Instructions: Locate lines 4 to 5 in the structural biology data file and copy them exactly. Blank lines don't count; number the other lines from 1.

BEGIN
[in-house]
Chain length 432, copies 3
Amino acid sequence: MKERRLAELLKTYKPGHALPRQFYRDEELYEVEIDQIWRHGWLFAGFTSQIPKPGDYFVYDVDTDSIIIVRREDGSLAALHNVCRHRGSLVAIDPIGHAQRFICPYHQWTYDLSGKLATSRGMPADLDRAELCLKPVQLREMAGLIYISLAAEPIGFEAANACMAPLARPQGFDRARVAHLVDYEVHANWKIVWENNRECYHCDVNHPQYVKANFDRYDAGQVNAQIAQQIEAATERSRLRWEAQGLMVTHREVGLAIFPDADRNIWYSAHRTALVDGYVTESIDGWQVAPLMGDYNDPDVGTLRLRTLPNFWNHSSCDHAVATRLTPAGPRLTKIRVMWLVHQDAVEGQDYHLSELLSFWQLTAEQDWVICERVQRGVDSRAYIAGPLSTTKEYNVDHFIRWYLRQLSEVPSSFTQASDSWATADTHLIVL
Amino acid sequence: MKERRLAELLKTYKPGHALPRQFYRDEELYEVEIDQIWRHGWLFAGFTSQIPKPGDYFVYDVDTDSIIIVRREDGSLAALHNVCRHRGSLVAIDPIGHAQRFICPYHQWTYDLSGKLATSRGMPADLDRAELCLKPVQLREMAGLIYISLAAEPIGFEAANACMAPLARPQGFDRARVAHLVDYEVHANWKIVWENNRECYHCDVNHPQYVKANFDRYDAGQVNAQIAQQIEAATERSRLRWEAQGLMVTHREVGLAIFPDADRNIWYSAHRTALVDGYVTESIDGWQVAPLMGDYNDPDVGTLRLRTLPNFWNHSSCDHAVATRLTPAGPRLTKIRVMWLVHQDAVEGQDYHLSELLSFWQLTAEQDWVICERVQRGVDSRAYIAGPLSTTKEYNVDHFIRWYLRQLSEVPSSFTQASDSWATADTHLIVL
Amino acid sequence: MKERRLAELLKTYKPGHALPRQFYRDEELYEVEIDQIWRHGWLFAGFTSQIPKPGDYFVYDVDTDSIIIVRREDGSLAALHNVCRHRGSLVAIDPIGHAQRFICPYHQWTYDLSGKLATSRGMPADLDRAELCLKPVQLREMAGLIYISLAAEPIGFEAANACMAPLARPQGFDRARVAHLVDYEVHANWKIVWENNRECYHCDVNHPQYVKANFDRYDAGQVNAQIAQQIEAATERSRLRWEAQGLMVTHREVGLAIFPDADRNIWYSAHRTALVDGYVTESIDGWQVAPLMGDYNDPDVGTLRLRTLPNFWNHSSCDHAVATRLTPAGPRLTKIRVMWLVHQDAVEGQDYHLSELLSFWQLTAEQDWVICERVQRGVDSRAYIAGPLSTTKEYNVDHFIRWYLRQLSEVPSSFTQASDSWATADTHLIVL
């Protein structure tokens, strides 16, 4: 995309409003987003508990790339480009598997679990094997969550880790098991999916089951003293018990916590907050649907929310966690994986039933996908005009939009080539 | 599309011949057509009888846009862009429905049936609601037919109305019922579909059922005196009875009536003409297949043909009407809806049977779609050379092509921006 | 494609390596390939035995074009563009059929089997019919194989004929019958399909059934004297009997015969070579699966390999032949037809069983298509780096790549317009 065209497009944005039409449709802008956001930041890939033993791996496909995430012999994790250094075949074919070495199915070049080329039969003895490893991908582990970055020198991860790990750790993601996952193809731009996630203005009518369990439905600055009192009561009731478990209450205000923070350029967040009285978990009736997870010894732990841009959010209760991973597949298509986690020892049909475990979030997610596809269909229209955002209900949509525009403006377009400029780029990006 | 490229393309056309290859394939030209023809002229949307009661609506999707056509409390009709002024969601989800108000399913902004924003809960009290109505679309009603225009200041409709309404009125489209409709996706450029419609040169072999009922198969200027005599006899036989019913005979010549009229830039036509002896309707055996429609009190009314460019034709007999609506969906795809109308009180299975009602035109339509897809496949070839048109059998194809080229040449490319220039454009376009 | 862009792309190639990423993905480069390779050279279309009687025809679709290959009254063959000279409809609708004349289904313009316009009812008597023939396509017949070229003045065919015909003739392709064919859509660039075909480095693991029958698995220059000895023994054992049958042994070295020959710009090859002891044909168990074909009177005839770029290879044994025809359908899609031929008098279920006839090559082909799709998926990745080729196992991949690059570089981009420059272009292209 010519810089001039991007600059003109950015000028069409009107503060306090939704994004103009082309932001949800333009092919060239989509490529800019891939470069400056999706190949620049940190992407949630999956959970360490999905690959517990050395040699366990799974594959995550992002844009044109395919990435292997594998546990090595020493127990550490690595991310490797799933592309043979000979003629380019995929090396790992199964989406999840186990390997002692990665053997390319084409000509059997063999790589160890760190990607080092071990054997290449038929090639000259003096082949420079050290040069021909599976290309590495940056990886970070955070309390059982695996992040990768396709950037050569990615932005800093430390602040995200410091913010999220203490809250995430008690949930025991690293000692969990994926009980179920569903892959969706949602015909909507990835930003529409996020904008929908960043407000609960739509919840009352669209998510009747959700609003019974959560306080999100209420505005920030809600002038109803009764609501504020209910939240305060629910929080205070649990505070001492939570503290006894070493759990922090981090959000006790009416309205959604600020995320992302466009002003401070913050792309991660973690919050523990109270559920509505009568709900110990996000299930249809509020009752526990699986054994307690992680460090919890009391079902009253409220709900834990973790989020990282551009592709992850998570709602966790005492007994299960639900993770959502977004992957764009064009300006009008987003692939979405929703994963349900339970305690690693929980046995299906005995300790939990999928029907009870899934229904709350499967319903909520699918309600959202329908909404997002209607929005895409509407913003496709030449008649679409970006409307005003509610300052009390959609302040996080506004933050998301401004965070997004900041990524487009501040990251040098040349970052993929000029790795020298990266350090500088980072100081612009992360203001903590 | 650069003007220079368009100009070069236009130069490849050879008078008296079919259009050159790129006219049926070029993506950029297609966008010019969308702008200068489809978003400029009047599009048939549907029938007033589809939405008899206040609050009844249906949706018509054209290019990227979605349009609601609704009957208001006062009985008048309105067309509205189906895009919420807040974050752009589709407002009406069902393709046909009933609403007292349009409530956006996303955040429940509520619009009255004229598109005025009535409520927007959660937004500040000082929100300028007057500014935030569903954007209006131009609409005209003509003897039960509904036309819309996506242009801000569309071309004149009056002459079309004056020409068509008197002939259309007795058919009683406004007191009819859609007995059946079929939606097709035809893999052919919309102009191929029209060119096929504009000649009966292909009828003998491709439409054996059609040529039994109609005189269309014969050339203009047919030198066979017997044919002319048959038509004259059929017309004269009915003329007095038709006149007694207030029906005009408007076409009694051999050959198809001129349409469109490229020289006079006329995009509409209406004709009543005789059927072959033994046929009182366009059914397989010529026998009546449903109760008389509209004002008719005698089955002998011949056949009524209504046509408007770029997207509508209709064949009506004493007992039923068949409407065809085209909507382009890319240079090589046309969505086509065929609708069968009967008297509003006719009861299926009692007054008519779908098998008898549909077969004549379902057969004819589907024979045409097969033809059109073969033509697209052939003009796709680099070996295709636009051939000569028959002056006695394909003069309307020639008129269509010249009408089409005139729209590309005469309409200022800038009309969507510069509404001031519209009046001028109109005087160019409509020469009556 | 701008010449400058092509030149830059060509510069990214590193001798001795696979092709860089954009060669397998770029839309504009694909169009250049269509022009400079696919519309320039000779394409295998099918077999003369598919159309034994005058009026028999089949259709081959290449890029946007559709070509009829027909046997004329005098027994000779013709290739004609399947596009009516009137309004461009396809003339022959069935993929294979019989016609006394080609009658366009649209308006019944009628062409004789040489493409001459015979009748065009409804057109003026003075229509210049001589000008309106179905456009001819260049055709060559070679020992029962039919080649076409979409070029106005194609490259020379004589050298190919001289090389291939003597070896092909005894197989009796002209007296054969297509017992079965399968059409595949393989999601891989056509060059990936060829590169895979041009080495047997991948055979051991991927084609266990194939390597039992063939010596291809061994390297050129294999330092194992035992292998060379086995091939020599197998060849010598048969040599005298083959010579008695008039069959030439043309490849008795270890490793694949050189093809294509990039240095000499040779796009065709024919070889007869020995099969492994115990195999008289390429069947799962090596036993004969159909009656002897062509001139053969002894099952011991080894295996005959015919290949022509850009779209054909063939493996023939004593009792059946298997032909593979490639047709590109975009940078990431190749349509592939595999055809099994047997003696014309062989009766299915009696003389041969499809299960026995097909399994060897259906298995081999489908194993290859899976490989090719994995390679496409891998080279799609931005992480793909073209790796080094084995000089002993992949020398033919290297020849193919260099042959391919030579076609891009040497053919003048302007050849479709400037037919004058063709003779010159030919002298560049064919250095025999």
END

Amino acid sequence: MKERRLAELLKTYKPGHALPRQFYRDEELYEVEIDQIWRHGWLFAGFTSQIPKPGDYFVYDVDTDSIIIVRREDGSLAALHNVCRHRGSLVAIDPIGHAQRFICPYHQWTYDLSGKLATSRGMPADLDRAELCLKPVQLREMAGLIYISLAAEPIGFEAANACMAPLARPQGFDRARVAHLVDYEVHANWKIVWENNRECYHCDVNHPQYVKANFDRYDAGQVNAQIAQQIEAATERSRLRWEAQGLMVTHREVGLAIFPDADRNIWYSAHRTALVDGYVTESIDGWQVAPLMGDYNDPDVGTLRLRTLPNFWNHSSCDHAVATRLTPAGPRLTKIRVMWLVHQDAVEGQDYHLSELLSFWQLTAEQDWVICERVQRGVDSRAYIAGPLSTTKEYNVDHFIRWYLRQLSEVPSSFTQASDSWATADTHLIVL
Amino acid sequence: MKERRLAELLKTYKPGHALPRQFYRDEELYEVEIDQIWRHGWLFAGFTSQIPKPGDYFVYDVDTDSIIIVRREDGSLAALHNVCRHRGSLVAIDPIGHAQRFICPYHQWTYDLSGKLATSRGMPADLDRAELCLKPVQLREMAGLIYISLAAEPIGFEAANACMAPLARPQGFDRARVAHLVDYEVHANWKIVWENNRECYHCDVNHPQYVKANFDRYDAGQVNAQIAQQIEAATERSRLRWEAQGLMVTHREVGLAIFPDADRNIWYSAHRTALVDGYVTESIDGWQVAPLMGDYNDPDVGTLRLRTLPNFWNHSSCDHAVATRLTPAGPRLTKIRVMWLVHQDAVEGQDYHLSELLSFWQLTAEQDWVICERVQRGVDSRAYIAGPLSTTKEYNVDHFIRWYLRQLSEVPSSFTQASDSWATADTHLIVL